Could the great state of Texas turn blue? That’s a question that’s been debated recently in the blogosphere, sparked by a Democratic move (“Battleground Texas”) to turn loose the data-mining and mobilization techniques that worked so well for President Obama in 2012 on the Lone Star state. Republicans, as they should, certainly seem worried. Greg Abbott, the Republican Attorney General in Texas, described Battleground Texas’ efforts in the following terms:
One thing that requires ongoing vigilance is the reality that the state of Texas is coming under a new assault, an assault far more dangerous than what the leader of North Korea threatened when he said he was going to add Austin, Texas, as one of the recipients of his nuclear weapons.
This outburst has only added to the effort’s credibility.
The theory of blue Texas relies heavily on the ongoing demographic transformation of the state. Every year, there are relatively fewer white voters and relatively more minority voters, particularly Hispanics. According to recent CAP projections, white eligible voters in Texas will decline from 56 to 52 percent between 2012 and 2016, with a corresponding rise in minority voters primarily driven by Hispanics.
All else equal, this makes Texas only somewhat bluer, since the white vote in Texas remains overwhelmingly Republican. But when you expand the timeframe under consideration, the picture may look considerably darker for the GOP. In a New York Times column, Tom Edsall takes the projections out farther, relying on some work by political scientist Robert Stein. According to Edsall, these projections suggest that the white share of eligible voters could be down to 35 percent by 2025 and the Hispanic share up as high as 44 percent. If he’s right, getting to a blue Texas is no more complicated than simply waiting around for demographic change to take effect.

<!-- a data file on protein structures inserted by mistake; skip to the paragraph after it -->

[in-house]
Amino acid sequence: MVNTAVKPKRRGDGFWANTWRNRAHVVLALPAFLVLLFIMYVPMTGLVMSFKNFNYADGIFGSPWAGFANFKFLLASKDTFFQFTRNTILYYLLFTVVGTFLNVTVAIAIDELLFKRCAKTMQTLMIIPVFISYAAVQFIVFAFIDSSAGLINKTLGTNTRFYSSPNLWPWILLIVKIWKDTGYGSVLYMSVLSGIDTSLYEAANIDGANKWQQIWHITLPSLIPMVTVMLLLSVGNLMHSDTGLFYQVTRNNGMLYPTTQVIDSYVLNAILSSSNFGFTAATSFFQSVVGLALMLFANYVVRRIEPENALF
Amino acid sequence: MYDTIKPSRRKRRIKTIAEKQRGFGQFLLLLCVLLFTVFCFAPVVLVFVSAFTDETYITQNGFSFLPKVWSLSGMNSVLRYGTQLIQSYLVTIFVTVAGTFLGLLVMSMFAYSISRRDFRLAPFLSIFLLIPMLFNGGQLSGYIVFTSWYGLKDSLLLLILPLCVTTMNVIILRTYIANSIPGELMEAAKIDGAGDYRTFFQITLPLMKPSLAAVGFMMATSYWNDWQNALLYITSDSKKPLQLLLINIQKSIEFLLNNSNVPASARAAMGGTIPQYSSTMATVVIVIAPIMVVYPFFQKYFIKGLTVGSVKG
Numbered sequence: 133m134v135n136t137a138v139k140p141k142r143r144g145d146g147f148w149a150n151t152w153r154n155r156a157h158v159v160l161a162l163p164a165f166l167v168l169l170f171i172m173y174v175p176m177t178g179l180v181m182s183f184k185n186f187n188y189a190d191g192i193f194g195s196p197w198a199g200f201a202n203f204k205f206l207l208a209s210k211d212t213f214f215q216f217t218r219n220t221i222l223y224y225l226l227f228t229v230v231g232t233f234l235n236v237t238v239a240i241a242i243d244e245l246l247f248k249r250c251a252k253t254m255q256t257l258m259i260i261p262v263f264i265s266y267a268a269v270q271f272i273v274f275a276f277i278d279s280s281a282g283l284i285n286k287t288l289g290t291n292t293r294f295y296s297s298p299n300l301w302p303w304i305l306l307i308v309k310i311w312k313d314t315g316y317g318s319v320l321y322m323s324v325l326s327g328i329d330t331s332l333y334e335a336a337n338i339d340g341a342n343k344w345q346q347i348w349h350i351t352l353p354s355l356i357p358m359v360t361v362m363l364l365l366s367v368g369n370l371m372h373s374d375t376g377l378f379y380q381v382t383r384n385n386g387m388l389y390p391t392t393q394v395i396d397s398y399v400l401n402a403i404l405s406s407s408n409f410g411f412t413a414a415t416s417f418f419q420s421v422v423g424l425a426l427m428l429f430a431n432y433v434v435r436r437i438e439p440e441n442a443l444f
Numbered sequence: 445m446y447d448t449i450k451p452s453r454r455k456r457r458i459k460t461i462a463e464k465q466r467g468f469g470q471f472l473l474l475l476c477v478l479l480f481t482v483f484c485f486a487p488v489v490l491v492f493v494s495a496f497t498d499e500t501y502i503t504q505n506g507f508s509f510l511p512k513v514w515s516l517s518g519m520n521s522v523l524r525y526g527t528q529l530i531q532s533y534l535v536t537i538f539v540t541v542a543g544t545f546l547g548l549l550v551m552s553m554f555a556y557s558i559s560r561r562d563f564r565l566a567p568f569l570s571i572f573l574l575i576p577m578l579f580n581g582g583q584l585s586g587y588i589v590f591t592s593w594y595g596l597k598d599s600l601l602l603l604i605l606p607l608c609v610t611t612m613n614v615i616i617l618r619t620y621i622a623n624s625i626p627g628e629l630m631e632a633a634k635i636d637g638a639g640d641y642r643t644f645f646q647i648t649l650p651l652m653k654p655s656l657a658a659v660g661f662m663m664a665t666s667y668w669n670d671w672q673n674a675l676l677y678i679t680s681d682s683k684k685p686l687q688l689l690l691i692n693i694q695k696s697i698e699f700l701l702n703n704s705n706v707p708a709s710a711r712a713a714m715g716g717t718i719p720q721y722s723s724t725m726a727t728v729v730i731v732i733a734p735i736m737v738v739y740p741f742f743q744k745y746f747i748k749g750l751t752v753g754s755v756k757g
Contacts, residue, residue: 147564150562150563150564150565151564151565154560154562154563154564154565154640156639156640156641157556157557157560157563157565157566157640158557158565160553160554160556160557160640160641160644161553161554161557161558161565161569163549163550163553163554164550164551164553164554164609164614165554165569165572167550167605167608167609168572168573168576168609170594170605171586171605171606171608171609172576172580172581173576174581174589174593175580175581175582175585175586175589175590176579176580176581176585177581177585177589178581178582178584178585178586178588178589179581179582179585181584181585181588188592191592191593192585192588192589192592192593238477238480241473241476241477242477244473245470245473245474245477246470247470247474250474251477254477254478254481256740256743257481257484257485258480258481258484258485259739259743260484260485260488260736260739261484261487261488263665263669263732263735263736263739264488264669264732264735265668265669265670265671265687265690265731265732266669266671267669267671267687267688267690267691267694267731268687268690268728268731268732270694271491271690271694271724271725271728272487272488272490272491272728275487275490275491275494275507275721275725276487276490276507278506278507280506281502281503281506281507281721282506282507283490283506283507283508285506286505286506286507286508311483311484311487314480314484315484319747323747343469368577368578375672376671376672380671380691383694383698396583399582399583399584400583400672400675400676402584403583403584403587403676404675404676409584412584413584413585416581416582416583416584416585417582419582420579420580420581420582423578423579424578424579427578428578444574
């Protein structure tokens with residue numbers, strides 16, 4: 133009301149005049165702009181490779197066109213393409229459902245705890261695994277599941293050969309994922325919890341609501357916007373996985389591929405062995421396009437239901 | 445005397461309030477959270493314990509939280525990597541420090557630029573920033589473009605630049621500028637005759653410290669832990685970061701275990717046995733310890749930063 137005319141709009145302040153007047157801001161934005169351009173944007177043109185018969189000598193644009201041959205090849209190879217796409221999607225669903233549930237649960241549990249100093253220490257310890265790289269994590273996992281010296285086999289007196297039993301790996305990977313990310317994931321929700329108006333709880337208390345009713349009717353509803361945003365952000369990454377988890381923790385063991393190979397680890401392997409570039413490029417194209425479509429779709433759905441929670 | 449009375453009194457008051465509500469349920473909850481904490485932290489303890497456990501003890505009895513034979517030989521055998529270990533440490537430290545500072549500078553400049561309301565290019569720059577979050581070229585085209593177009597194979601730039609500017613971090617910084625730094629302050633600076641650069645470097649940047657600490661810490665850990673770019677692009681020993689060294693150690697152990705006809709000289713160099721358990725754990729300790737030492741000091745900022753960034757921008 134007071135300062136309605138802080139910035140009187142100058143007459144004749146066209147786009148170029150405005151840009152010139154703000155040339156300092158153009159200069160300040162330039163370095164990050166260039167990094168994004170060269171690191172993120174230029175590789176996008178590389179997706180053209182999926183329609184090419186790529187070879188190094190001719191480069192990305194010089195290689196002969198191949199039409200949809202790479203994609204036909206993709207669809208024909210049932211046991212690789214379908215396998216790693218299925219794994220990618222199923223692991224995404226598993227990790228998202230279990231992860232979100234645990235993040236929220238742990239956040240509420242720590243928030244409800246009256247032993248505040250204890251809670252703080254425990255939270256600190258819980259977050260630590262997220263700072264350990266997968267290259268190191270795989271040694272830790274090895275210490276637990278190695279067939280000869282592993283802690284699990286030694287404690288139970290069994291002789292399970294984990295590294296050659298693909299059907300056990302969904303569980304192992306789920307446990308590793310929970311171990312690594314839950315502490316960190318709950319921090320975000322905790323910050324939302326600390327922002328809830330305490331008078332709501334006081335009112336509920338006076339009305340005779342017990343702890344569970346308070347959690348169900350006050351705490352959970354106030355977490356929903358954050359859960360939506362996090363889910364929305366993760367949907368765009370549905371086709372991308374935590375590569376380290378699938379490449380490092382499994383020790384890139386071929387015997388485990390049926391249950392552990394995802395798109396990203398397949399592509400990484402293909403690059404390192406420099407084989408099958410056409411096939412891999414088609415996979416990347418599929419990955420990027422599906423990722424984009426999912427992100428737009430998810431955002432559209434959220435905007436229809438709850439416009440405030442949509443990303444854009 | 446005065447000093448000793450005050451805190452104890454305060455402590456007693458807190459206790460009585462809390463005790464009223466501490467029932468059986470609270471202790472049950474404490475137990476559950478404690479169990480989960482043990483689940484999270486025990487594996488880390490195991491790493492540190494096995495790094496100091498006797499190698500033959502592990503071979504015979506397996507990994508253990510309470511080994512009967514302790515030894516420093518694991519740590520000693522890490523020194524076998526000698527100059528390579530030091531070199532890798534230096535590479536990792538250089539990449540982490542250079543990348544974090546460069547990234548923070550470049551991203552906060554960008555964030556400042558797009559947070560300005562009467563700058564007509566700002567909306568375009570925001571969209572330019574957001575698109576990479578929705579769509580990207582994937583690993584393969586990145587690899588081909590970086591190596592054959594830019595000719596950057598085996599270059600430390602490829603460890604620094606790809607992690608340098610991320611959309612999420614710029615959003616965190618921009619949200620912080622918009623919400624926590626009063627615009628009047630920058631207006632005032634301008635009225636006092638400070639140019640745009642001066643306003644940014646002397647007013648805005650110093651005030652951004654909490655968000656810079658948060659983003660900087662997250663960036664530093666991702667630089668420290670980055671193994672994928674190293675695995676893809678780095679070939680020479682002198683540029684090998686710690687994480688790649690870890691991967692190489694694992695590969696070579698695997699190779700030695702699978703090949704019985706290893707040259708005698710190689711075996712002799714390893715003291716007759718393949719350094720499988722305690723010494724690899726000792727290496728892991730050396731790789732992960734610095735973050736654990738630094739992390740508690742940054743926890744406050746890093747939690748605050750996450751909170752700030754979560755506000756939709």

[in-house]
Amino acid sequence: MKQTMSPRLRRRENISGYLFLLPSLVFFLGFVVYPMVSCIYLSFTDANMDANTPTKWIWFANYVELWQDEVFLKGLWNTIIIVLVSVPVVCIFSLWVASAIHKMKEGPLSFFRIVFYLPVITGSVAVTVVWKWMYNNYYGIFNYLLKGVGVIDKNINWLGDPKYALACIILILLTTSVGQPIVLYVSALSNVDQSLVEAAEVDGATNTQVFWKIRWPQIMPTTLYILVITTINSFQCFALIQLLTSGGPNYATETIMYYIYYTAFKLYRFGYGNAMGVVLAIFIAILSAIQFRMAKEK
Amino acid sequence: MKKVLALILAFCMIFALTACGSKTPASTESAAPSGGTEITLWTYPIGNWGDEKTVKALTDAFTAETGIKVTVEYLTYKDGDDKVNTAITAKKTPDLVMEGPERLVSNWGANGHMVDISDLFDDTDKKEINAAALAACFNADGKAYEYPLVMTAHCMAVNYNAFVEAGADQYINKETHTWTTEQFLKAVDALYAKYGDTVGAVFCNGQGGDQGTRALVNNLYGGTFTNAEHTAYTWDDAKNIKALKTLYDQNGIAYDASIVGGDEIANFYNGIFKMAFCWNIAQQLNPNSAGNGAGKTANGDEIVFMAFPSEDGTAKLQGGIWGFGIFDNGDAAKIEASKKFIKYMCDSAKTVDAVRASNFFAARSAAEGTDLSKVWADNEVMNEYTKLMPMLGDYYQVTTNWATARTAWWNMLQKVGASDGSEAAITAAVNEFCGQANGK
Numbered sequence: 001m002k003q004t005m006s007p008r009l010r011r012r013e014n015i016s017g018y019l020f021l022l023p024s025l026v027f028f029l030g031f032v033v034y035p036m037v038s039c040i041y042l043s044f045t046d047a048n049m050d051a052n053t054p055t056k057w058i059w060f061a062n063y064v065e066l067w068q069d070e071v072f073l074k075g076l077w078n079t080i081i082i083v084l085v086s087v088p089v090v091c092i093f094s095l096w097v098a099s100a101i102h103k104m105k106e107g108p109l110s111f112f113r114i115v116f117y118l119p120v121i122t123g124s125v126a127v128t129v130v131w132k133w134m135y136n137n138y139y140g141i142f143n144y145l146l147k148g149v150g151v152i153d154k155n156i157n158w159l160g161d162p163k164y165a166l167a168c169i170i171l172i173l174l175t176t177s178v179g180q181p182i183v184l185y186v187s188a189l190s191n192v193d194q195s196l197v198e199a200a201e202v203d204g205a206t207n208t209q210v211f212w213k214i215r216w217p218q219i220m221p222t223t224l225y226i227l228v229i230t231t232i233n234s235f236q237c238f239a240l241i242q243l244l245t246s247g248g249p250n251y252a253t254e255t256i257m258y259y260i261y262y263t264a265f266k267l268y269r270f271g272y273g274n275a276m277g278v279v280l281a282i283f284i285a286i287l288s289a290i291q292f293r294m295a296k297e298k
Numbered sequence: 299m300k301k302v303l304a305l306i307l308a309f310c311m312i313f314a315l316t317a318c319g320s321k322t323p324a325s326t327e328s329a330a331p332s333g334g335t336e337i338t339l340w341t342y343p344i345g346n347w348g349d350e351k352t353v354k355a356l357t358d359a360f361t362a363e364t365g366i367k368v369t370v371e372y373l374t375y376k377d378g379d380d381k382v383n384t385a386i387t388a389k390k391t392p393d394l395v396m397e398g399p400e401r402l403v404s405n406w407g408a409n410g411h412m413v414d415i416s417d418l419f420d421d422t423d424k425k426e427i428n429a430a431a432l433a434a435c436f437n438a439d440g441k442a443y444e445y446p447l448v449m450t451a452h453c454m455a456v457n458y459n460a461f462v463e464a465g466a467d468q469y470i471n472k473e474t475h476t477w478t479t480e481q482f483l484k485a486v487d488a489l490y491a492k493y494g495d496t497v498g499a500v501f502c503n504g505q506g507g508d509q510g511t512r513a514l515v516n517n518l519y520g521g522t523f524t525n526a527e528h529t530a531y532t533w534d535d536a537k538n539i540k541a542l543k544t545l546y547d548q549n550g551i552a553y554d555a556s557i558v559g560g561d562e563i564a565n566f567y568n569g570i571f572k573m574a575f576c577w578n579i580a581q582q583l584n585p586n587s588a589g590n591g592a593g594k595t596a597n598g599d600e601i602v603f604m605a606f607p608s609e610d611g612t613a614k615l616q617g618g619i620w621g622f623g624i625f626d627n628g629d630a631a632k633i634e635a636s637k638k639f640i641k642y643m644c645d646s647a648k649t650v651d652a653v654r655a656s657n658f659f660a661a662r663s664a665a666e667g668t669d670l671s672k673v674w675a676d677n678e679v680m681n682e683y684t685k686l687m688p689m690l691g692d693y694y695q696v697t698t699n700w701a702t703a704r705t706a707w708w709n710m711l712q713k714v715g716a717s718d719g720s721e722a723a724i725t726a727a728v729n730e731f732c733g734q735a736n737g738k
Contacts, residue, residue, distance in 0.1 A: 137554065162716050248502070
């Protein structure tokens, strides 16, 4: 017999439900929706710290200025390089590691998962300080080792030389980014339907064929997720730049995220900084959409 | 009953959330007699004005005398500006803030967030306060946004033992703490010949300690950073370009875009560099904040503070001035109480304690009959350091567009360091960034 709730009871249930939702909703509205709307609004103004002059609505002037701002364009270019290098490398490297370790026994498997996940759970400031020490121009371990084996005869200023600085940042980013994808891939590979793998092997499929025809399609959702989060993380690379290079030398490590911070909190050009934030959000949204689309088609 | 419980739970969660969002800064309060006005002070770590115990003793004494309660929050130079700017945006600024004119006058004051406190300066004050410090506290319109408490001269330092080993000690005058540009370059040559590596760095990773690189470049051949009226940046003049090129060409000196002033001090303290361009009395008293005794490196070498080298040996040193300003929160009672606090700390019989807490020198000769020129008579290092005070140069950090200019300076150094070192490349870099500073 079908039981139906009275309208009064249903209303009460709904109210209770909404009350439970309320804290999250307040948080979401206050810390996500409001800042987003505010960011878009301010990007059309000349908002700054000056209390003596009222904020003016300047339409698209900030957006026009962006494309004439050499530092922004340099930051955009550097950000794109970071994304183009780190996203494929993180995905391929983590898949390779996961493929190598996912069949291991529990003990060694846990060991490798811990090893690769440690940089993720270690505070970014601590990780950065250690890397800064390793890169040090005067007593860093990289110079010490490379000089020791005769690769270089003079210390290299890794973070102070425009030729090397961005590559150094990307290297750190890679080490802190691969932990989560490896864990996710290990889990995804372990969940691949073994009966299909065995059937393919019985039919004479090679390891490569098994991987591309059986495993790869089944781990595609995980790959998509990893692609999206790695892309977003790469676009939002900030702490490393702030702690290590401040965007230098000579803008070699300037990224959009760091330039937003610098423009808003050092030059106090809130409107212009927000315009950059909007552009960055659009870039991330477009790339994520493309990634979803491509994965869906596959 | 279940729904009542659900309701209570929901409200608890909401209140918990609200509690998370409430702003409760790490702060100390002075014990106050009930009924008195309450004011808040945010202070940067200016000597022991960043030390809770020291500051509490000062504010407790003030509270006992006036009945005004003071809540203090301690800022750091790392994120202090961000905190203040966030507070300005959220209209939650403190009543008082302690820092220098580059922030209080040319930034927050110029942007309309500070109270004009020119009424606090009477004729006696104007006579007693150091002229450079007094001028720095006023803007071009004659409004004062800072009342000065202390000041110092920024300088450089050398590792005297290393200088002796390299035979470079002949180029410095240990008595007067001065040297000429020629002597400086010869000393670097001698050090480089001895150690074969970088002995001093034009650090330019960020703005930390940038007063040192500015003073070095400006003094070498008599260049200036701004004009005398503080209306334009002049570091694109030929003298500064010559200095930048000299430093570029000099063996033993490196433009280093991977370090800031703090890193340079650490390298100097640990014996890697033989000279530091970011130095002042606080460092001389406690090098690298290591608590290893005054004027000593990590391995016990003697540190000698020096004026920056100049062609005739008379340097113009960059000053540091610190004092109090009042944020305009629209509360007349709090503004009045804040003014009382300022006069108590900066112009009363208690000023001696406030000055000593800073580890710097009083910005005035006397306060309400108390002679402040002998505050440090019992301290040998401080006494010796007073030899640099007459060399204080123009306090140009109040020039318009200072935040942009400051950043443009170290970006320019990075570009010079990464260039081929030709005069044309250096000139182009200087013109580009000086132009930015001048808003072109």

This projection should be taken with several grains of salt. As Nate Cohn points out, Edsall’s argument is based on very old (1995) Census state level projections (Census no longer does state level projections of race-ethnic change) and are not reliable at this point. The state of Texas, however, does do such projections and they suggest a more moderate rate of change — ones that look fairly consistent, I might add, with the short-term projections CAP has done. Instead of 35 percent white eligible voters and 44 percent Hispanic voters by 2025, these projections indicate that the highest level of change we are likely to see would produce 44 percent white eligibles and 37 percent Hispanic eligibles. That’s still significant change, but not quite Edsall’s demographic slam-dunk.
Cohn also rightly notes that you can’t assume that the proportion of Hispanics among actual voters is going to match their proportion among eligible voters and, moreover, the rate of Democratic voting among whites in Texas is so low that it constitutes a huge barrier, even with demographic change, to a blue Texas. In 2008, the white vote for Obama in Texas was only 26 percent and Cohn estimates that the white vote for Obama in Texas in 2012 could have been as low as 20 percent (there was no Texas exit poll this year so all we have for 2012 are estimates).
All this suggests to me that the quest for a blue Texas is going to have to be built on three pillars, only one of which is ongoing demographic change. The other two are matching minority, particularly Hispanic, turnout to white turnout and elevating white support for Democrats. In the latter area, if the Democrats can simply get their support to the 30 percent level — in other words, make the typical landslide among whites for the GOP just a little bit less of a landslide — they will be in a good position to stand on all three pillars and make their dream (and Greg Abbott’s nightmare) of a blue Texas come true.